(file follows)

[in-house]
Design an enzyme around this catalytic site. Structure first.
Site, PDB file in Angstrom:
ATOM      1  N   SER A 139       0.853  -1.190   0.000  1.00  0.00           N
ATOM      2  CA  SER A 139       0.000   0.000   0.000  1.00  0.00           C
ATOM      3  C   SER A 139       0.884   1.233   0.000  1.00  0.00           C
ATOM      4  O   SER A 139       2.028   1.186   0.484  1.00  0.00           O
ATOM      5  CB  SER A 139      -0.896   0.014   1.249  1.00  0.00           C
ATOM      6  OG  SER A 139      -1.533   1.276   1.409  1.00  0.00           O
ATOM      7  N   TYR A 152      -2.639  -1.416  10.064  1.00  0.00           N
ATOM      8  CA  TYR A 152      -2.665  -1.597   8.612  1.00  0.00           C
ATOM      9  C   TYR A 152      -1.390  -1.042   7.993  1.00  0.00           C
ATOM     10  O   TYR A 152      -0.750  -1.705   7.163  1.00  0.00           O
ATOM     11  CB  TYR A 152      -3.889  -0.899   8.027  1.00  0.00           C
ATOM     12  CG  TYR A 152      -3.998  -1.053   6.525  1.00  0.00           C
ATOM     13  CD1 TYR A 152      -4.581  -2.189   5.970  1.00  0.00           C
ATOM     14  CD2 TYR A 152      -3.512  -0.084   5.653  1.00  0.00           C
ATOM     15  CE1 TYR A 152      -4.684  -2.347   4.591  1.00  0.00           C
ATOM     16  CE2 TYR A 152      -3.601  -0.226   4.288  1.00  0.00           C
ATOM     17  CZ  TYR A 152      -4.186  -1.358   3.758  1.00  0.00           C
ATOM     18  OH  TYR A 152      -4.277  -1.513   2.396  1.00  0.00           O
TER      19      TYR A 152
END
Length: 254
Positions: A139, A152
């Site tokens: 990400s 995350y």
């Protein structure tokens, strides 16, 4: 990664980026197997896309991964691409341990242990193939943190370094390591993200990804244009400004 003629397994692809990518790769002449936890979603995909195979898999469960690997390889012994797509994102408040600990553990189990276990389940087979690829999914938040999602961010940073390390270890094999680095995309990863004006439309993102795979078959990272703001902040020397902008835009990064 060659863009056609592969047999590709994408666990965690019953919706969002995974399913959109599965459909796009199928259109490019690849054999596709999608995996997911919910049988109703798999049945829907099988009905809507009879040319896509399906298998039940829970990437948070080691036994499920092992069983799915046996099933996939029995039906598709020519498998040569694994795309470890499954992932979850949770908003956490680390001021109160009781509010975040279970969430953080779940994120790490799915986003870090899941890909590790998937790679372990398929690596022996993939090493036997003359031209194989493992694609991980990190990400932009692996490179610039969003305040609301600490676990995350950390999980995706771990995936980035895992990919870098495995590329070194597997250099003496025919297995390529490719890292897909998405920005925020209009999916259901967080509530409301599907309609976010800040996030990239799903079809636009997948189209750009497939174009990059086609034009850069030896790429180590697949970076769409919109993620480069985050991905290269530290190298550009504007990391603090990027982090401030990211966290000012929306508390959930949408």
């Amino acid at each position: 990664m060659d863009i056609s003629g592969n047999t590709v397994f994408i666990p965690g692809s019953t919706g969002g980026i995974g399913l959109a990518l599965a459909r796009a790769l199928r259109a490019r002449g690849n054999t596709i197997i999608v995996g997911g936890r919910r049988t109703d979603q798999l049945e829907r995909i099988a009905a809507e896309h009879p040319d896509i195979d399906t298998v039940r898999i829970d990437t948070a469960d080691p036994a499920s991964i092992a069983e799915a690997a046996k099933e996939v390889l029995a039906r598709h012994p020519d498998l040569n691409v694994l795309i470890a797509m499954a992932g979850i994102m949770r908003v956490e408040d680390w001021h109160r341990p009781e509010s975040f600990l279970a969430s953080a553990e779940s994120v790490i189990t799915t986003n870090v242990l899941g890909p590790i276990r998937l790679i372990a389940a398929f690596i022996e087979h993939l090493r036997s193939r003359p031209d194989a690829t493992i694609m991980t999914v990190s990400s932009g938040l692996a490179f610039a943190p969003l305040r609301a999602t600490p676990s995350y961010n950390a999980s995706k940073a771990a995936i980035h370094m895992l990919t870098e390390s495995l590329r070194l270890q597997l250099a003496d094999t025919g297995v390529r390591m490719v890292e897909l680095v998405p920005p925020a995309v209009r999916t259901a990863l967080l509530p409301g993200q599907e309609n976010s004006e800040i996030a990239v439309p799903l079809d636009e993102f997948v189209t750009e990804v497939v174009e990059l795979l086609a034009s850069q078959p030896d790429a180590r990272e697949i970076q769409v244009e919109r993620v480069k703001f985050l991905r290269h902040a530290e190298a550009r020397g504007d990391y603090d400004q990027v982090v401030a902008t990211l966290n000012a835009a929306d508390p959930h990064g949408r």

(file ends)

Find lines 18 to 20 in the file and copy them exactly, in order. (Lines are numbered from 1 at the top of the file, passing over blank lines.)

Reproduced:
ATOM     15  CE1 TYR A 152      -4.684  -2.347   4.591  1.00  0.00           C
ATOM     16  CE2 TYR A 152      -3.601  -0.226   4.288  1.00  0.00           C
ATOM     17  CZ  TYR A 152      -4.186  -1.358   3.758  1.00  0.00           C